A new study published by the World Health Organization claims that hundreds of thousands of people are killed each year due to working long hours.

The study said the deaths may have been accelerated over the past months due to the effects of the COVID-19 pandemic.

The research published in the journal Environment International is the first global study on the health effects of longer working hours. The study showed that more than 745,000 die from stress-related conditions caused by working too long each day.

According to the study, there has been a nearly 30% increase in deaths due to stroke and heart diseases associated with long working hours from 2000 to 2016. The purpose of the study was to show how forcing employees to work long hours is detrimental to their health and to hopefully convince employers to be more sparring in requiring overtime work.  

 "Working 55 hours or more per week is a serious health hazard. What we want to do with this information is promote more action, more protection of workers," the director of the WHO's Department of Environment, Climate Change and Health, Dr. Maria Neira, said.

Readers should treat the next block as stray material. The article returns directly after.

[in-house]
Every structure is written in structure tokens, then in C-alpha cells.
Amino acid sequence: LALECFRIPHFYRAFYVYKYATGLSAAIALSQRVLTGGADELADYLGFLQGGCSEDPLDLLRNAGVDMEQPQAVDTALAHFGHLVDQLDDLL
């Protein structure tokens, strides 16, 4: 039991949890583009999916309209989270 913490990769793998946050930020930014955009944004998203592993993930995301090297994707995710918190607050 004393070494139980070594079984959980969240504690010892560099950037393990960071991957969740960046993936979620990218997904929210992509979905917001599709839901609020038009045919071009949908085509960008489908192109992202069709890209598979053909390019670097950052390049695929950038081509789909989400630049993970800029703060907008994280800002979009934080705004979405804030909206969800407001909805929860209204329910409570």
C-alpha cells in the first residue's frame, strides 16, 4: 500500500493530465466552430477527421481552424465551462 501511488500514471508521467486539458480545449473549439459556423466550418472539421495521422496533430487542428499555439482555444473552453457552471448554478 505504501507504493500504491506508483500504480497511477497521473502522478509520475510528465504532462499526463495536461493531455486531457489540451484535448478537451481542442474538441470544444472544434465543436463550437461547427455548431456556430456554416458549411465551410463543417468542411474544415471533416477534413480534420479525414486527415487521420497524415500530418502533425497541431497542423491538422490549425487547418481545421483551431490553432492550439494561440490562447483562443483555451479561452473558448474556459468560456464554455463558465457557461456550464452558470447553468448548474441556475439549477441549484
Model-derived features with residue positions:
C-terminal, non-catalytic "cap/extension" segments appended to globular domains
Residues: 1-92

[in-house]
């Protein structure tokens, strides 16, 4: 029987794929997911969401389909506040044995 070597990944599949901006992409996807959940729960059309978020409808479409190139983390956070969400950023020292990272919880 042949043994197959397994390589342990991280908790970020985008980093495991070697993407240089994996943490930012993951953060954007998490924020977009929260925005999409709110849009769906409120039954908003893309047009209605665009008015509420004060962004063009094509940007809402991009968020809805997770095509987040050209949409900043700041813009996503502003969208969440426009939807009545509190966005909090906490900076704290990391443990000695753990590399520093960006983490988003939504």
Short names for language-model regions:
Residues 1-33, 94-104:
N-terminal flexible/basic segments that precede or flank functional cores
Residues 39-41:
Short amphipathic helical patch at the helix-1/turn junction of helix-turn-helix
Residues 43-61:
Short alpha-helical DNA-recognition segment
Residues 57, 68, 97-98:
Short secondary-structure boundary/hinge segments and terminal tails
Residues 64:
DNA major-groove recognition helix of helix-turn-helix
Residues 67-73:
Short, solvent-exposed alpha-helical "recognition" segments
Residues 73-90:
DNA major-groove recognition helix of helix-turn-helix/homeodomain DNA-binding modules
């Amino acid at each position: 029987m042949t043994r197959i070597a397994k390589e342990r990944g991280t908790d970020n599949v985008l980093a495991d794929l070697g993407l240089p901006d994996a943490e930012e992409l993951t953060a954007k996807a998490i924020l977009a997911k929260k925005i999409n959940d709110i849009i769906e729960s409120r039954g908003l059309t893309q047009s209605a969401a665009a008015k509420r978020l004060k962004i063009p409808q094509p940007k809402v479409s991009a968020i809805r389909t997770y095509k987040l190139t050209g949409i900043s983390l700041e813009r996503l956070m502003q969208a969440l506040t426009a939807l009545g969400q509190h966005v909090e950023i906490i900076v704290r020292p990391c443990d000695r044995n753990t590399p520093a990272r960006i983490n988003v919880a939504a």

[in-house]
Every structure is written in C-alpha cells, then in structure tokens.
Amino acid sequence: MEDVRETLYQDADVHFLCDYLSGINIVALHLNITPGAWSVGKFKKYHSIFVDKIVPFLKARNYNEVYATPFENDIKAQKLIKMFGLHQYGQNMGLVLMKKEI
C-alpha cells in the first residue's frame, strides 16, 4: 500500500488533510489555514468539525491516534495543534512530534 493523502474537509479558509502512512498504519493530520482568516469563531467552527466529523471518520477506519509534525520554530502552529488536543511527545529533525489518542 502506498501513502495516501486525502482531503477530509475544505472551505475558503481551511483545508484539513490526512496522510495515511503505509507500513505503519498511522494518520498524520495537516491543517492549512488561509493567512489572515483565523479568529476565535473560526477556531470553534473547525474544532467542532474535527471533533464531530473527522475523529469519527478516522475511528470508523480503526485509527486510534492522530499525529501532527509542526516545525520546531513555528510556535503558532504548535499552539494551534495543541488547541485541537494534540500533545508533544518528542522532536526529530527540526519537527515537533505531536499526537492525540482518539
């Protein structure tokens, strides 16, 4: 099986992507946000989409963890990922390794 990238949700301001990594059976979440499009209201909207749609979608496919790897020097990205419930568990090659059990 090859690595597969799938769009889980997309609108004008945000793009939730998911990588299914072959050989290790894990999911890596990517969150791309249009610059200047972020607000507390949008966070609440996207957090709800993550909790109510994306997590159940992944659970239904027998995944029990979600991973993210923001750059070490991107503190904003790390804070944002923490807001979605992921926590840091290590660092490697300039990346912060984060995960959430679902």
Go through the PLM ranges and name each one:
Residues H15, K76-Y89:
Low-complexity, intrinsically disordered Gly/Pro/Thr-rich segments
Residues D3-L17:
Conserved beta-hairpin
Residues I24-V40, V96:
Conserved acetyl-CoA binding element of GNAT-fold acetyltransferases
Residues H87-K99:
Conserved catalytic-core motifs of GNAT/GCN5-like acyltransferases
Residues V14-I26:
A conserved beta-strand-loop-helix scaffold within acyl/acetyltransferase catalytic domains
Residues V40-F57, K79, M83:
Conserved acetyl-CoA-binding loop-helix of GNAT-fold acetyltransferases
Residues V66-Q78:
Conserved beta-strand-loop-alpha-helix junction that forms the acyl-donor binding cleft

The WHO study, which was conducted together with the International Labor Organization, showed that around 72% of the victims that succumbed to the illnesses were men that were middle-aged or older. The study showed that deaths due to stress-related conditions happened later in life.

The study showed that most of the people that worked excessively long hours were those in the Southeast Asian and the Western Pacific region. This includes those working in Japan and China, where people were most affected by conditions caused by long working hours.

The WHO drew its conclusions from data collected in researches done in 194 countries.  The study said working more than 55 hours per week can increase the risk of stroke by 35% and ischemic heart disease by 17%.

Researchers urged the public to reduce their work hours if possible, particularly during the pandemic. The study said the global health crisis and the surge in remote working may have increased the tendency for people to work for longer hours.

"The pandemic is accelerating developments that could feed the trend towards increased working time. It's really a smart choice not to increase long working hours in an economic crisis," the study said.